Q: What happens to the HOA or COA lien if the bank forecloses?

A: The short answer is that the association’s lien is wiped out when the bank forecloses, except in super-lien states. There may be other means to recover this debt, and a qualified collection solution can help you analyze which are best for the particular case.

Q: What happens to the lien if the debtor files for bankruptcy?

A: First, the ledger must be split into two parts – one for all charges before the bankruptcy petition date (pre-petition) and one for all charges after (post-petition). Then, determine which side of that split the lien debt falls on. If pre-petition, the debt is wiped away or settled for a fraction of the amount owed, depending on the bankruptcy outcome. It may remain in place if the lien is on the post-petition ledger. Still, further collection actions, even sending a reminder letter, can only take place once the bankruptcy is decided. Taking action during a pending bankruptcy can get you in hot water.

Q: I am an owner who received a notice of a lien on my home. What are my rights? Can I dispute this?

A: You do have rights. You can challenge the lien and prove to the court that you do not owe the money. If the entity that placed the lien used the incorrect address, this is a serious offense known as slander of title. However, suppose they have the correct address, and you owe the money they claim you owe. In that case, your best recourse is to enter into a payment plan to repay the debt over time and avoid losing your home or impacting your credit.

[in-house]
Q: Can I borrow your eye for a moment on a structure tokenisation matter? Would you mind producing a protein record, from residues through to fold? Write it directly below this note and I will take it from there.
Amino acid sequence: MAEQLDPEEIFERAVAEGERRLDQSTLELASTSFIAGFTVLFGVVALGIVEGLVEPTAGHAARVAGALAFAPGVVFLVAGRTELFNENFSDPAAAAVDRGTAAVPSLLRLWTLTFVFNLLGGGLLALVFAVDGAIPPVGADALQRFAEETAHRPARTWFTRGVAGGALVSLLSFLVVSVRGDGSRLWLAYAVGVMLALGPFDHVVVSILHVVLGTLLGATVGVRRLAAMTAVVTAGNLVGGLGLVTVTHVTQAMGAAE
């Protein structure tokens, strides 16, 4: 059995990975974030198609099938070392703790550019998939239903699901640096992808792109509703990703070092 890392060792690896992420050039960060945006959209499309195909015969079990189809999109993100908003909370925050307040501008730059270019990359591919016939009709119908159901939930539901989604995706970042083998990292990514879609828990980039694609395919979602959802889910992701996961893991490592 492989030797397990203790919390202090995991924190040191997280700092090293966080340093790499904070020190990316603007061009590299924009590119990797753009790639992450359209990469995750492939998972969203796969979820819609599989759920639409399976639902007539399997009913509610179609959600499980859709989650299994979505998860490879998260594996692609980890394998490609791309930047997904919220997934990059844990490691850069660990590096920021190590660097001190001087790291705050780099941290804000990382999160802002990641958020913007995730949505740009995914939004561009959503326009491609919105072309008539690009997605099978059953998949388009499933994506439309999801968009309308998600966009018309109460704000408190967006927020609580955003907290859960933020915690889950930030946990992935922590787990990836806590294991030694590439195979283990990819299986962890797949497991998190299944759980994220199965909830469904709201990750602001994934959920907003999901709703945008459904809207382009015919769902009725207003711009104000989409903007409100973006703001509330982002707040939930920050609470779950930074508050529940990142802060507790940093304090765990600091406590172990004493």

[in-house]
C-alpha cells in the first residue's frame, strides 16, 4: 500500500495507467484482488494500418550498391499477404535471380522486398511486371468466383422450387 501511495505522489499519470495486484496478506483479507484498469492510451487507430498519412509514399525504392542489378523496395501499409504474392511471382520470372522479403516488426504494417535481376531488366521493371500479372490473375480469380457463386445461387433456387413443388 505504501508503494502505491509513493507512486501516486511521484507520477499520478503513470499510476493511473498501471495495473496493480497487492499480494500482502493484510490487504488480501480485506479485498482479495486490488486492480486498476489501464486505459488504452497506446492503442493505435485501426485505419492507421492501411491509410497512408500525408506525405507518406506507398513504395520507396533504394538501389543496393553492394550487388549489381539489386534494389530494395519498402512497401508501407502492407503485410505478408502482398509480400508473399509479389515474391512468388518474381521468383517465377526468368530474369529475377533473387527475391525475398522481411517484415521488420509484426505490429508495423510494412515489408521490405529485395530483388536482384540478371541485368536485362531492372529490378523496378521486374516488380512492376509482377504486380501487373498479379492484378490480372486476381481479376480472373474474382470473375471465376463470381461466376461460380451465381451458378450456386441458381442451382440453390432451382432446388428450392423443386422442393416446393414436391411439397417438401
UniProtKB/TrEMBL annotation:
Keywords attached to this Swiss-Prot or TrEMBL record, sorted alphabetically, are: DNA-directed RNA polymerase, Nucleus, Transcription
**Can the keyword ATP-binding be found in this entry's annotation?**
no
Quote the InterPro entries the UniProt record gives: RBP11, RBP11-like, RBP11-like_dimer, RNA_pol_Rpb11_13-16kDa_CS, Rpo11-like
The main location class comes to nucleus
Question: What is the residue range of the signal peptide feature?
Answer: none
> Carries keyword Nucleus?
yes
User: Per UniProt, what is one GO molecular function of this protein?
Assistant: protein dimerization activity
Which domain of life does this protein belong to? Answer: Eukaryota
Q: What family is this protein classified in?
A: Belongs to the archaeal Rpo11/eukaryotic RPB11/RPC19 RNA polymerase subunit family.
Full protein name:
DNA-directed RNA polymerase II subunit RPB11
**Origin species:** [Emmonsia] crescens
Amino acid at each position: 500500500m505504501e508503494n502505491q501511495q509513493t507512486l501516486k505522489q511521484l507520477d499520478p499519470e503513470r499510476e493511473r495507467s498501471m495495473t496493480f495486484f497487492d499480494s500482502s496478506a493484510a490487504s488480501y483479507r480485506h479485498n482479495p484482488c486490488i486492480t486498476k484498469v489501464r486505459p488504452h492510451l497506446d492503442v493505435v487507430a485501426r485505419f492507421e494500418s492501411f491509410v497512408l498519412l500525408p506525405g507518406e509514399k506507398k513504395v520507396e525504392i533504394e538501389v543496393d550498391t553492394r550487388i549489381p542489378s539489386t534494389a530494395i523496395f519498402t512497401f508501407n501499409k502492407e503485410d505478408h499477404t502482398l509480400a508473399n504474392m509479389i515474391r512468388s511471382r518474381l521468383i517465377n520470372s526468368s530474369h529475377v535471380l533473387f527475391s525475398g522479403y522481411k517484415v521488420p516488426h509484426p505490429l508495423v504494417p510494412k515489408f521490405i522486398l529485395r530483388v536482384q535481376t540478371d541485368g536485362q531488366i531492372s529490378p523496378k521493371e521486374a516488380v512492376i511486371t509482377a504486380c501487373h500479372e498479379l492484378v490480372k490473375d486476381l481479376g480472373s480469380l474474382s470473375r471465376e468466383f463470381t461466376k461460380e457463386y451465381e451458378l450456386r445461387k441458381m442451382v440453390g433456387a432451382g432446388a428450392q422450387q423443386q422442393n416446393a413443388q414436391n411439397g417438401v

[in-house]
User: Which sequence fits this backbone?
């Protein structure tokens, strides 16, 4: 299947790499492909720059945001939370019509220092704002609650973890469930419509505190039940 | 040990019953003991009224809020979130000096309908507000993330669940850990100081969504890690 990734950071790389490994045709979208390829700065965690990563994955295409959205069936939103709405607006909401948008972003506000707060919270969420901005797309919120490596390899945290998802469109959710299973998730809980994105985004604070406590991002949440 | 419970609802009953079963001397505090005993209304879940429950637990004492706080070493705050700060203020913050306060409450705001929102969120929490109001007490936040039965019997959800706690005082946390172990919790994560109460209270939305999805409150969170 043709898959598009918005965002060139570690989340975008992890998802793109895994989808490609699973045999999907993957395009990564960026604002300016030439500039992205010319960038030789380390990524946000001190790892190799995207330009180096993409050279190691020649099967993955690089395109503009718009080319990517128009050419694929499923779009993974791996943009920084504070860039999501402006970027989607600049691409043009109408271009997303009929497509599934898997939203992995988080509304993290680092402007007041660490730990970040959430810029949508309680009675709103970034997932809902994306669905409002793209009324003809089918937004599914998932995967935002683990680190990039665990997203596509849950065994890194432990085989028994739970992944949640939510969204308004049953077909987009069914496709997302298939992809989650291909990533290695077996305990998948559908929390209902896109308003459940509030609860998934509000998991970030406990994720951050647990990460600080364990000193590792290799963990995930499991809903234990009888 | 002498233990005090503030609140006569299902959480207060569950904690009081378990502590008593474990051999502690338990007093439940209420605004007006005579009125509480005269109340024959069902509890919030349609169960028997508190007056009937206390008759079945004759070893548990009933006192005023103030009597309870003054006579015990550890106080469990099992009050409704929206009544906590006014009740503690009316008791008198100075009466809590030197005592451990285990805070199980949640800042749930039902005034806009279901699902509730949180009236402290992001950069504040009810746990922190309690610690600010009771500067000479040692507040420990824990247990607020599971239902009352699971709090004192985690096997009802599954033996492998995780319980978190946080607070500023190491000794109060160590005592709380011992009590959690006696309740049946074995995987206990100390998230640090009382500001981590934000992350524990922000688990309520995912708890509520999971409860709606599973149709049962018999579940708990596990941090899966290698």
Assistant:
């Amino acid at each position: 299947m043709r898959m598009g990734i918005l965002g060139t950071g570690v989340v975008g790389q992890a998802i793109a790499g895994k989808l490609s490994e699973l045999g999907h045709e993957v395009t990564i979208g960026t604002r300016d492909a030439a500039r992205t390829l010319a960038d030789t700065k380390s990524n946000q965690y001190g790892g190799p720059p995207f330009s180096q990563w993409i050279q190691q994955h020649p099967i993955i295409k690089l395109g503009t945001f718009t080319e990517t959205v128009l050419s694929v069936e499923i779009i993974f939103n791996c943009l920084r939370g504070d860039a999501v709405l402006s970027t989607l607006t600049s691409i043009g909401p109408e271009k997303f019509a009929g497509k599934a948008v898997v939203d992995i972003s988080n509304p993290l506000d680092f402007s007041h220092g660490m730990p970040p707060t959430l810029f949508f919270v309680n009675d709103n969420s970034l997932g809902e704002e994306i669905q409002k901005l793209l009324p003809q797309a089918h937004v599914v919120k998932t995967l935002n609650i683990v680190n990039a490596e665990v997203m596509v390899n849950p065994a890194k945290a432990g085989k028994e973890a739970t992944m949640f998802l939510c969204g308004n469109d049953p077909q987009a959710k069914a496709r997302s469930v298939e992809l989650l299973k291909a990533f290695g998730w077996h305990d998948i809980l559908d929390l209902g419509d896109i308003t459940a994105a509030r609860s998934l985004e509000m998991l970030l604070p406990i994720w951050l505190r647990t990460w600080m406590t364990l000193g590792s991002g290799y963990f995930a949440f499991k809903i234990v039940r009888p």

Avoid a Lien Altogether

Ideally, all owners pay on time, and leveraging liens is never necessary. However, we do not live in a perfect world, so sometimes it is. Still, when you work with Axela Technologies to collect more while spending less, you can rest assured that liens, attorneys, and foreclosures are only used if more civil avenues have failed. At Axela, we work with owners and engage them in developing repayment solutions that are fair to everyone.

Why not let us work with your past-due owners to settle the debt so your delinquency report becomes non-existent? For a free, no-obligation, no-cost collections analysis, please contact us. We are at your service for leveraging liens and more.